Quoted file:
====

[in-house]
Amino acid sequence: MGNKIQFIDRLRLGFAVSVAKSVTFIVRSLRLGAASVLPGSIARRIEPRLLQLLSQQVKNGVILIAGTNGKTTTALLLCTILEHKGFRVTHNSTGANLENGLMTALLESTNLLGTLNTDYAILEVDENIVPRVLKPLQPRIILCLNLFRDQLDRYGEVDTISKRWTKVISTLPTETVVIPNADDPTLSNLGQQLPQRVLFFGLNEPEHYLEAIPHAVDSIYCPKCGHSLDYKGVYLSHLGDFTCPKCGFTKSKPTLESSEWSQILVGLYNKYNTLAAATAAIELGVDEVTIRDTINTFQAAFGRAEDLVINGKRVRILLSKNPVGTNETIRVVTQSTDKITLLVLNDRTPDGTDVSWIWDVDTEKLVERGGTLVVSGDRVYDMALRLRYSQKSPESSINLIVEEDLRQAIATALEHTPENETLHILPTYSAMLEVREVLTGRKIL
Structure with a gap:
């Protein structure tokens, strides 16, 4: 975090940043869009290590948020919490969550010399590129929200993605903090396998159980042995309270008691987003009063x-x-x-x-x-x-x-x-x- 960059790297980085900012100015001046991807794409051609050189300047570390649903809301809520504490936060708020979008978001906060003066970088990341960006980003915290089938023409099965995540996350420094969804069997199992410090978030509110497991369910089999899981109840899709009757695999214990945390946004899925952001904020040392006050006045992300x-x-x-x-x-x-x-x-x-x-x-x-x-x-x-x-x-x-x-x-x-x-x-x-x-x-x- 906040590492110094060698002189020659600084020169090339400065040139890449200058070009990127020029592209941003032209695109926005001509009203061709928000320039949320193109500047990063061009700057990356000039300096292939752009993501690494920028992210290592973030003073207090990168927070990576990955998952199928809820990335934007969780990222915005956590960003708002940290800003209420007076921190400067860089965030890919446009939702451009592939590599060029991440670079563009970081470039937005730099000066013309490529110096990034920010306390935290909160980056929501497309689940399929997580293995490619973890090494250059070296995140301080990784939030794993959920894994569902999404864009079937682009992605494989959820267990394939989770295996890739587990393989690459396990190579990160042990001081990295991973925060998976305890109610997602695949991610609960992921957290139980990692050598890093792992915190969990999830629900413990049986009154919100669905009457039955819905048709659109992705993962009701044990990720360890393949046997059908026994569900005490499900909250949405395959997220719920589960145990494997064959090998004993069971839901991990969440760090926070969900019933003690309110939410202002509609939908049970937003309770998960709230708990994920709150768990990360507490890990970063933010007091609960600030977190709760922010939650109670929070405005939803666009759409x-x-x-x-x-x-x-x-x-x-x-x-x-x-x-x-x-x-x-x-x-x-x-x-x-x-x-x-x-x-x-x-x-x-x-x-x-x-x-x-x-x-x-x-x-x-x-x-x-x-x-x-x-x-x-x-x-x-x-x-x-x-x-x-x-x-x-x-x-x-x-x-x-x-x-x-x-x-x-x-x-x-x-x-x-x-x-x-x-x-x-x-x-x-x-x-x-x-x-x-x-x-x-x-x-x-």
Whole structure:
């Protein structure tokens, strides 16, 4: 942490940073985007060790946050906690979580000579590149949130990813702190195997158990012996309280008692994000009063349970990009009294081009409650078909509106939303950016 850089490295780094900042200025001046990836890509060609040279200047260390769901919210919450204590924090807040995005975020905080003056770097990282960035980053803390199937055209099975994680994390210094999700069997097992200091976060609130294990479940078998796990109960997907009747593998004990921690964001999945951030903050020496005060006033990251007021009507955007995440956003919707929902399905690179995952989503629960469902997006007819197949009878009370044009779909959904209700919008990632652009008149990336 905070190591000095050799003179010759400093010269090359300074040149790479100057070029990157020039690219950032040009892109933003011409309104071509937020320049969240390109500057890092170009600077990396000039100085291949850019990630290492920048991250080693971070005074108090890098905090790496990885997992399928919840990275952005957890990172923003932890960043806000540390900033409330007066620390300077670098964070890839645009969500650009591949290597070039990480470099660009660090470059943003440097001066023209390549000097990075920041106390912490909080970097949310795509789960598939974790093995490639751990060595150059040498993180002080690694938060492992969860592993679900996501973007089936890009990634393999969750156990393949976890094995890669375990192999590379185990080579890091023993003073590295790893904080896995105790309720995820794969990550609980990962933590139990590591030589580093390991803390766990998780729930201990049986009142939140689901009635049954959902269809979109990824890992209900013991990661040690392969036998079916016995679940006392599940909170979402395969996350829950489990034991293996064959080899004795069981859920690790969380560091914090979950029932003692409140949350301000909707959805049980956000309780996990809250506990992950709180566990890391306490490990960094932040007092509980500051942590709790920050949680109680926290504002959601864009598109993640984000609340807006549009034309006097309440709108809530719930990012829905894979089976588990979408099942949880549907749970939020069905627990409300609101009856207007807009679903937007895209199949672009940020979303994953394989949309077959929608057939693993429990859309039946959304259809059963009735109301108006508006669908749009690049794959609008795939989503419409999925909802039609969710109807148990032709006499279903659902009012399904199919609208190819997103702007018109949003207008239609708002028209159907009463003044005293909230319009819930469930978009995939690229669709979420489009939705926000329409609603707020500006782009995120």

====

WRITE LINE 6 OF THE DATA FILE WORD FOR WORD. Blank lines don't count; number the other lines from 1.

């Protein structure tokens, strides 16, 4: 942490940073985007060790946050906690979580000579590149949130990813702190195997158990012996309280008692994000009063349970990009009294081009409650078909509106939303950016 850089490295780094900042200025001046990836890509060609040279200047260390769901919210919450204590924090807040995005975020905080003056770097990282960035980053803390199937055209099975994680994390210094999700069997097992200091976060609130294990479940078998796990109960997907009747593998004990921690964001999945951030903050020496005060006033990251007021009507955007995440956003919707929902399905690179995952989503629960469902997006007819197949009878009370044009779909959904209700919008990632652009008149990336 905070190591000095050799003179010759400093010269090359300074040149790479100057070029990157020039690219950032040009892109933003011409309104071509937020320049969240390109500057890092170009600077990396000039100085291949850019990630290492920048991250080693971070005074108090890098905090790496990885997992399928919840990275952005957890990172923003932890960043806000540390900033409330007066620390300077670098964070890839645009969500650009591949290597070039990480470099660009660090470059943003440097001066023209390549000097990075920041106390912490909080970097949310795509789960598939974790093995490639751990060595150059040498993180002080690694938060492992969860592993679900996501973007089936890009990634393999969750156990393949976890094995890669375990192999590379185990080579890091023993003073590295790893904080896995105790309720995820794969990550609980990962933590139990590591030589580093390991803390766990998780729930201990049986009142939140689901009635049954959902269809979109990824890992209900013991990661040690392969036998079916016995679940006392599940909170979402395969996350829950489990034991293996064959080899004795069981859920690790969380560091914090979950029932003692409140949350301000909707959805049980956000309780996990809250506990992950709180566990890391306490490990960094932040007092509980500051942590709790920050949680109680926290504002959601864009598109993640984000609340807006549009034309006097309440709108809530719930990012829905894979089976588990979408099942949880549907749970939020069905627990409300609101009856207007807009679903937007895209199949672009940020979303994953394989949309077959929608057939693993429990859309039946959304259809059963009735109301108006508006669908749009690049794959609008795939989503419409999925909802039609969710109807148990032709006499279903659902009012399904199919609208190819997103702007018109949003207008239609708002028209159907009463003044005293909230319009819930469930978009995939690229669709979420489009939705926000329409609603707020500006782009995120």